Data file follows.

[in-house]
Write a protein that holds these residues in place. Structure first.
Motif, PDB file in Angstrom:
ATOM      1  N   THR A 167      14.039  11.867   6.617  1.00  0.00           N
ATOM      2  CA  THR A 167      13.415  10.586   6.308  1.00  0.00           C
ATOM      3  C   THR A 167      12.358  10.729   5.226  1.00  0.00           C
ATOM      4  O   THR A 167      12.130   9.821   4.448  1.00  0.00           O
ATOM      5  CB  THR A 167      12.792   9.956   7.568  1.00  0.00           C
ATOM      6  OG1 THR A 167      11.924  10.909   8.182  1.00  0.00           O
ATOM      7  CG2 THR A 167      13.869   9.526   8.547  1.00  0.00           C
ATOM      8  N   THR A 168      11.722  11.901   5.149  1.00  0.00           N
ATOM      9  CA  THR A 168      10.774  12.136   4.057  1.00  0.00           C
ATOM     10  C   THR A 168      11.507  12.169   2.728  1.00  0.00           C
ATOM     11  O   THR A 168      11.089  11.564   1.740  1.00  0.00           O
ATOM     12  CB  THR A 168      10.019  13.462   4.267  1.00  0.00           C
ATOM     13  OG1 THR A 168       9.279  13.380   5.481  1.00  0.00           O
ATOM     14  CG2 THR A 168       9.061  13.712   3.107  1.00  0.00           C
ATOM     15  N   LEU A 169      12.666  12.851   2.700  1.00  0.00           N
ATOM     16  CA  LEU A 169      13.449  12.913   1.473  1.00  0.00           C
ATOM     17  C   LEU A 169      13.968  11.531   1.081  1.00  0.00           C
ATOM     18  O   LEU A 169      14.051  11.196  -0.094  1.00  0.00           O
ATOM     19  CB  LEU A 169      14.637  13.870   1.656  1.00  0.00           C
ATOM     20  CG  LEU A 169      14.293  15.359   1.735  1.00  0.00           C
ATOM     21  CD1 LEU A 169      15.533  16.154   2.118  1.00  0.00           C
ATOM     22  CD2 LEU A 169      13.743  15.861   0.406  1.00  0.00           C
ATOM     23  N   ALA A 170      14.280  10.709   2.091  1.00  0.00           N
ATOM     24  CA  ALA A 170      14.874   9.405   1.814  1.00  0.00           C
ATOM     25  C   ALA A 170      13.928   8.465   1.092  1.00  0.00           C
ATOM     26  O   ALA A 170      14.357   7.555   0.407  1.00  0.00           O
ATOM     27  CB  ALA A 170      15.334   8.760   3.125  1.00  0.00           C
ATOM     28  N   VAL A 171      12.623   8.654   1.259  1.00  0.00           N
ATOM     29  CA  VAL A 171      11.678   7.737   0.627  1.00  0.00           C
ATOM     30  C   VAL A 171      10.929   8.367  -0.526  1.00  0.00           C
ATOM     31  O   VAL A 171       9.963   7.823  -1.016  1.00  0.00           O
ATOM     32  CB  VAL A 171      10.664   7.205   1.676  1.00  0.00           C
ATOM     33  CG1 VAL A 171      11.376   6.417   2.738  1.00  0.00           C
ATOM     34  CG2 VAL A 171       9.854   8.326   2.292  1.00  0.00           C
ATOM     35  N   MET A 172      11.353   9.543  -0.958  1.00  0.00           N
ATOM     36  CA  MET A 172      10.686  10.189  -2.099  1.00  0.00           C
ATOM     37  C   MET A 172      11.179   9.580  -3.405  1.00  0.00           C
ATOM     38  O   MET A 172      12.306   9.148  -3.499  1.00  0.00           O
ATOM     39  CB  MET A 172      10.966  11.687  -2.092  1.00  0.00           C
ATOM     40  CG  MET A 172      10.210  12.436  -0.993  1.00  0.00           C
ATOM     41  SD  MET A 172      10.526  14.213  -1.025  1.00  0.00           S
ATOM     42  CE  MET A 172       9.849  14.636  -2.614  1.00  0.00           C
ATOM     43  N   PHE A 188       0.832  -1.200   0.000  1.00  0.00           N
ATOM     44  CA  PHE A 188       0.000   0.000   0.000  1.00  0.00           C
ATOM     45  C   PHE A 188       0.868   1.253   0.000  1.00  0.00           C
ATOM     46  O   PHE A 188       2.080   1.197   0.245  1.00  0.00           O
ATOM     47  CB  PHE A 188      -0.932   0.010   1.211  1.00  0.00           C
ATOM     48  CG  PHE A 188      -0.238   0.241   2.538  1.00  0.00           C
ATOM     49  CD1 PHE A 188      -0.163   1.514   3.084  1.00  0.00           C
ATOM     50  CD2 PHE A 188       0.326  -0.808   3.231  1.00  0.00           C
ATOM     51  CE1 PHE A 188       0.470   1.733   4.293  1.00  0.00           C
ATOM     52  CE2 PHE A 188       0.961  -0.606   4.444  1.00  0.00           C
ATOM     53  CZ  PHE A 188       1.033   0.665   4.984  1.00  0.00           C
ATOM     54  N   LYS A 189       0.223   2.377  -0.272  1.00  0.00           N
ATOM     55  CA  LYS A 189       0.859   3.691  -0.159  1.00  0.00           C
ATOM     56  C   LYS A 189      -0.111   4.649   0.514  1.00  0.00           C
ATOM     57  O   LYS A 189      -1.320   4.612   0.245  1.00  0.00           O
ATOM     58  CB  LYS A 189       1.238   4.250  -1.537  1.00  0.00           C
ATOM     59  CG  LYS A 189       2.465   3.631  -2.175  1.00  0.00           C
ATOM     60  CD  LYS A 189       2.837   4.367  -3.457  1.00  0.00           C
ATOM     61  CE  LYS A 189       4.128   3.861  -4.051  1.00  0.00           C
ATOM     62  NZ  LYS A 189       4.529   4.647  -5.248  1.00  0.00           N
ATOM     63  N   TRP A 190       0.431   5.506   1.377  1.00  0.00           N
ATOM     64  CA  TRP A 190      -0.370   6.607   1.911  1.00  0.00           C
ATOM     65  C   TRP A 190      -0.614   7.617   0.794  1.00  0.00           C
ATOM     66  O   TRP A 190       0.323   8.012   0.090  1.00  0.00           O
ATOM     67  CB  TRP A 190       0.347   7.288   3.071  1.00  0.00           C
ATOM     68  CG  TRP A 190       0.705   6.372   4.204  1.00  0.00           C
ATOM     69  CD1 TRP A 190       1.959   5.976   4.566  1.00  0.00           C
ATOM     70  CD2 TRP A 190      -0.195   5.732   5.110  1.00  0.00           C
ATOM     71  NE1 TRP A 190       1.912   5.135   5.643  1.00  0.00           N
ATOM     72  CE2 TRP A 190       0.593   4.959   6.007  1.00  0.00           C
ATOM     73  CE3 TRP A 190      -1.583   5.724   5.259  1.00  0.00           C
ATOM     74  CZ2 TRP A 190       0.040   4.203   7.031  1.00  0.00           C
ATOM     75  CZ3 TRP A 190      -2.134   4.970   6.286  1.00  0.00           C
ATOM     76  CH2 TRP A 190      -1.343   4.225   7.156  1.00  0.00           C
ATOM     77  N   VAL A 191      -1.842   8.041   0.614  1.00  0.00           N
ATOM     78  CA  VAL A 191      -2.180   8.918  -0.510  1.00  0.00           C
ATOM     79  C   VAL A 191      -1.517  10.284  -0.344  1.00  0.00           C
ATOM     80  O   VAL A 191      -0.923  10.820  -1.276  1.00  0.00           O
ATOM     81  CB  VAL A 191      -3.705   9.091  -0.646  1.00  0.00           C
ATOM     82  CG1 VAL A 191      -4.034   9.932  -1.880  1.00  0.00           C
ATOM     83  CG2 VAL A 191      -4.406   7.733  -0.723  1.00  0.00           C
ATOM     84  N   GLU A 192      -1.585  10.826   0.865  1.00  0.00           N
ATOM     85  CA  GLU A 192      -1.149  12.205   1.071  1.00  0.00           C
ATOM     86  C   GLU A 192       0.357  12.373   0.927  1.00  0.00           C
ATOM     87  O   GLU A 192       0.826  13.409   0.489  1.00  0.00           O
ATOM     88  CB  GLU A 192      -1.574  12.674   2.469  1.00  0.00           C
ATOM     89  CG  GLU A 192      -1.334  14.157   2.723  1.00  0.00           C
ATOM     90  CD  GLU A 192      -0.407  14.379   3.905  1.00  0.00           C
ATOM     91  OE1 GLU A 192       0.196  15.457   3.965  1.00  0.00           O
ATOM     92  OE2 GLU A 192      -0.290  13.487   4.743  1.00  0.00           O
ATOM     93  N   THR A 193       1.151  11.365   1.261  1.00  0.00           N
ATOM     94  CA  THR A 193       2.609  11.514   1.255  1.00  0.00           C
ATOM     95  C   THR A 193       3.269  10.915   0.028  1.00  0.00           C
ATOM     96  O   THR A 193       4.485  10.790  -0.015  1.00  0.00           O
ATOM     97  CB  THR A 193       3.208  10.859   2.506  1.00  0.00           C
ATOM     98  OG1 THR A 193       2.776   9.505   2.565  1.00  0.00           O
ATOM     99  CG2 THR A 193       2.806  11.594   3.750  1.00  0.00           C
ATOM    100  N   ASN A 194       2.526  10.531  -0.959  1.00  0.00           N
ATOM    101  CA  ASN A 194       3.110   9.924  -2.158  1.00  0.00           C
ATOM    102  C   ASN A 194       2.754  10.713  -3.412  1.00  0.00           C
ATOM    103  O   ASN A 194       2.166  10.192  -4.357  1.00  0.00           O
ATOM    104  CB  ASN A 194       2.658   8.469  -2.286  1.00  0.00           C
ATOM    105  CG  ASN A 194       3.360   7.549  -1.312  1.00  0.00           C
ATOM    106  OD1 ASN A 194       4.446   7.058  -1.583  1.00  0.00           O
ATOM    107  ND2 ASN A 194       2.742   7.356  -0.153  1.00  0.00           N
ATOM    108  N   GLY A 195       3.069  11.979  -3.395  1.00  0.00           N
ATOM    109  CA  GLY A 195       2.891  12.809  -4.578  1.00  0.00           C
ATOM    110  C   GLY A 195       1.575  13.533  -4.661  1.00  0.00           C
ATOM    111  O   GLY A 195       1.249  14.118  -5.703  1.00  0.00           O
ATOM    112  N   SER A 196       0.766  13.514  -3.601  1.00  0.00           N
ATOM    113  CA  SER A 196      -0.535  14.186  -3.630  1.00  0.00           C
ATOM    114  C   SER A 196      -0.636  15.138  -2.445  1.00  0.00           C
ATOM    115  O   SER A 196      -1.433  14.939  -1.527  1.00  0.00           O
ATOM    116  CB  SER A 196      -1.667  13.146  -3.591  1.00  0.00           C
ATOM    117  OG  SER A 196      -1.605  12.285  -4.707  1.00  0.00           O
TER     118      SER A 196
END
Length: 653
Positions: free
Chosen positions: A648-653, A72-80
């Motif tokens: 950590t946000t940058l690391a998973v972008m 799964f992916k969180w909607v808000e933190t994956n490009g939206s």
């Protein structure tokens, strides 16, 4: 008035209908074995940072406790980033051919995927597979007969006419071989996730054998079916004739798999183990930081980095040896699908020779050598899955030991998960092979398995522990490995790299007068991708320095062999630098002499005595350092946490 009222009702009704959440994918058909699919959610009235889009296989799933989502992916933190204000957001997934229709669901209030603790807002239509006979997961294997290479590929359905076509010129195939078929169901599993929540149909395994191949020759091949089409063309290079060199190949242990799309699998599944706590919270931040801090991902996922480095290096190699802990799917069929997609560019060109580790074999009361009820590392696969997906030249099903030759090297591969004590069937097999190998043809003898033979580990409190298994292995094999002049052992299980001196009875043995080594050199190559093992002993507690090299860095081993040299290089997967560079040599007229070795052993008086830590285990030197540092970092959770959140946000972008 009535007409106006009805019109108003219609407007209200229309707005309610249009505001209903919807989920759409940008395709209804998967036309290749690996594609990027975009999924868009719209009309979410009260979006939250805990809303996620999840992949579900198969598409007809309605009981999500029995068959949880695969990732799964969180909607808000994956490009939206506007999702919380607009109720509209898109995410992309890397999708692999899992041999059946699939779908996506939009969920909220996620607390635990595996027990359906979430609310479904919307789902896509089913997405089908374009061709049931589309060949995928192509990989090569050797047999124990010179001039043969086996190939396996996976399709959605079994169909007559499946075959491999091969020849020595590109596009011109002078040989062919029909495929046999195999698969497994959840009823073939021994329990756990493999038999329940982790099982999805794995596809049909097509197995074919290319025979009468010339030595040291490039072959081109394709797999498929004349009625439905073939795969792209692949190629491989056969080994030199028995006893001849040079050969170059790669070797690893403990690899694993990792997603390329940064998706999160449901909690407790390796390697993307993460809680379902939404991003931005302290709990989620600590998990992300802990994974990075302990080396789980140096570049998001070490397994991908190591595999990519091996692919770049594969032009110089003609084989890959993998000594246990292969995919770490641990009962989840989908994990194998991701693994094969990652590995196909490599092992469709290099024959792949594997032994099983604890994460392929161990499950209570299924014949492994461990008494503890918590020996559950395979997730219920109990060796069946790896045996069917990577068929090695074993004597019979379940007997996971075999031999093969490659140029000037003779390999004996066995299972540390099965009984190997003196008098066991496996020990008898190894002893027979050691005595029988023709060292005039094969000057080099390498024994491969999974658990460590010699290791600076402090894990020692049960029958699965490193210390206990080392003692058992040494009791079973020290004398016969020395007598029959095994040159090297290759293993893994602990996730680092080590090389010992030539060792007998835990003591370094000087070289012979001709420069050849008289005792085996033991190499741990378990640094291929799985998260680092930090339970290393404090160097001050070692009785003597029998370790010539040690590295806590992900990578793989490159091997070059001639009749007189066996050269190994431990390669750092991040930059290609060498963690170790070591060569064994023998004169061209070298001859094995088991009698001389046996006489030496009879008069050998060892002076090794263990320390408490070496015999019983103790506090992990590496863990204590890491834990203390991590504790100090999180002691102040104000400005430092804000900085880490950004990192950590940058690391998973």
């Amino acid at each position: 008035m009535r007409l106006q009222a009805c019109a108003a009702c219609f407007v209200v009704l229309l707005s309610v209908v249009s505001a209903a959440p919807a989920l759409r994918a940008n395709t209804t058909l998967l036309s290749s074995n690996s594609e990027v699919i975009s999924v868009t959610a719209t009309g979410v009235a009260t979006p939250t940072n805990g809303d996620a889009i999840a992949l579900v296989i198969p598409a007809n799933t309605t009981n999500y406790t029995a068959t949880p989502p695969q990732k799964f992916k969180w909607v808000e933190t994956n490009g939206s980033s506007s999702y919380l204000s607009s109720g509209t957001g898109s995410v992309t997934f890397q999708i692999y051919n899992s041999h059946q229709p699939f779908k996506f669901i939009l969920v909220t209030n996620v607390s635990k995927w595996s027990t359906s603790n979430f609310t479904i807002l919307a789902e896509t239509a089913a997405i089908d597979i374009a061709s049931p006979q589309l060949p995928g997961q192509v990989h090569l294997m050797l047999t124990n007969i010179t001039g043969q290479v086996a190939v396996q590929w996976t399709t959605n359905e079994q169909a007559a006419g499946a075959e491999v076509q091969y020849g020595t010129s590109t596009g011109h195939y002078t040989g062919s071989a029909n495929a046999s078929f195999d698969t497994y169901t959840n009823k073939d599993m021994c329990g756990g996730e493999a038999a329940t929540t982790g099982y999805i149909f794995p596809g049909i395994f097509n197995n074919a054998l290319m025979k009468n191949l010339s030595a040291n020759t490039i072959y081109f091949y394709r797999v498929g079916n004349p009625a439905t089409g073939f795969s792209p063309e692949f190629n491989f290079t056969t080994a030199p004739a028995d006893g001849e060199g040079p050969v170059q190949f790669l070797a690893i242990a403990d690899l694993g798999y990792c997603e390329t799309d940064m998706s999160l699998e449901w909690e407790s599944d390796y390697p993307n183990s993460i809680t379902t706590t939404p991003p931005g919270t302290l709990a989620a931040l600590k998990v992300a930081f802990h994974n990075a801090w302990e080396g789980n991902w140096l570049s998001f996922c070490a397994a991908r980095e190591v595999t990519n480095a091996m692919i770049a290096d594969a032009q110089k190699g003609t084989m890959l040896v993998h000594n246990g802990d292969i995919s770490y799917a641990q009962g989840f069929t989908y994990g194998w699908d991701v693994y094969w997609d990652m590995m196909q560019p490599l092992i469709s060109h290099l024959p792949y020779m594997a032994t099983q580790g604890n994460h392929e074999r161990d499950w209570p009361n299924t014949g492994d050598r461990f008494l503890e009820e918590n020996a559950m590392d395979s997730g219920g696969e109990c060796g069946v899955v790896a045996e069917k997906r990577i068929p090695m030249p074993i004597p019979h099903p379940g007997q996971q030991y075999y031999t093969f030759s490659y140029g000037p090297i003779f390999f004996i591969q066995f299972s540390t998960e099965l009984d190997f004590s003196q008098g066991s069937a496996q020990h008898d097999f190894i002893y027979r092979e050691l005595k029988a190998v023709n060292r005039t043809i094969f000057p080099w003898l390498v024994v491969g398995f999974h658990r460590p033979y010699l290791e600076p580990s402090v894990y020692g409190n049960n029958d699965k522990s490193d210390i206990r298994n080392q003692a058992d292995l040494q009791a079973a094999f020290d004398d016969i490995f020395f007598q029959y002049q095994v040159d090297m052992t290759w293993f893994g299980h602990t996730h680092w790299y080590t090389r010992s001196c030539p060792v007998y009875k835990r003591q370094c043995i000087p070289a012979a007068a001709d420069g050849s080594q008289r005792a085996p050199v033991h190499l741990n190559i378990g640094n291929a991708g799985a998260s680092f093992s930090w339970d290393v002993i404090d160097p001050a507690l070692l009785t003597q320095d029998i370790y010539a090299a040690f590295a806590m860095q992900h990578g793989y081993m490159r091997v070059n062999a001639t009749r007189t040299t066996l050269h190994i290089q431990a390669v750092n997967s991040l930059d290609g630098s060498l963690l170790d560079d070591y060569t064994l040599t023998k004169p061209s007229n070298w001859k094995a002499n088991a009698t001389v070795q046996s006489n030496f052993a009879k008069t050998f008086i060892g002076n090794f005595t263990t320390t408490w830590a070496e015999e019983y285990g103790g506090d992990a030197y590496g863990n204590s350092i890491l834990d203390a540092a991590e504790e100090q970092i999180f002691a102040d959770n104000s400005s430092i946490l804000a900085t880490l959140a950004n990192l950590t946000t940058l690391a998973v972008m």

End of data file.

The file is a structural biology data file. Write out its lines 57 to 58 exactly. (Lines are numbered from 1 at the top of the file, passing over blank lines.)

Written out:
ATOM     54  N   LYS A 189       0.223   2.377  -0.272  1.00  0.00           N
ATOM     55  CA  LYS A 189       0.859   3.691  -0.159  1.00  0.00           C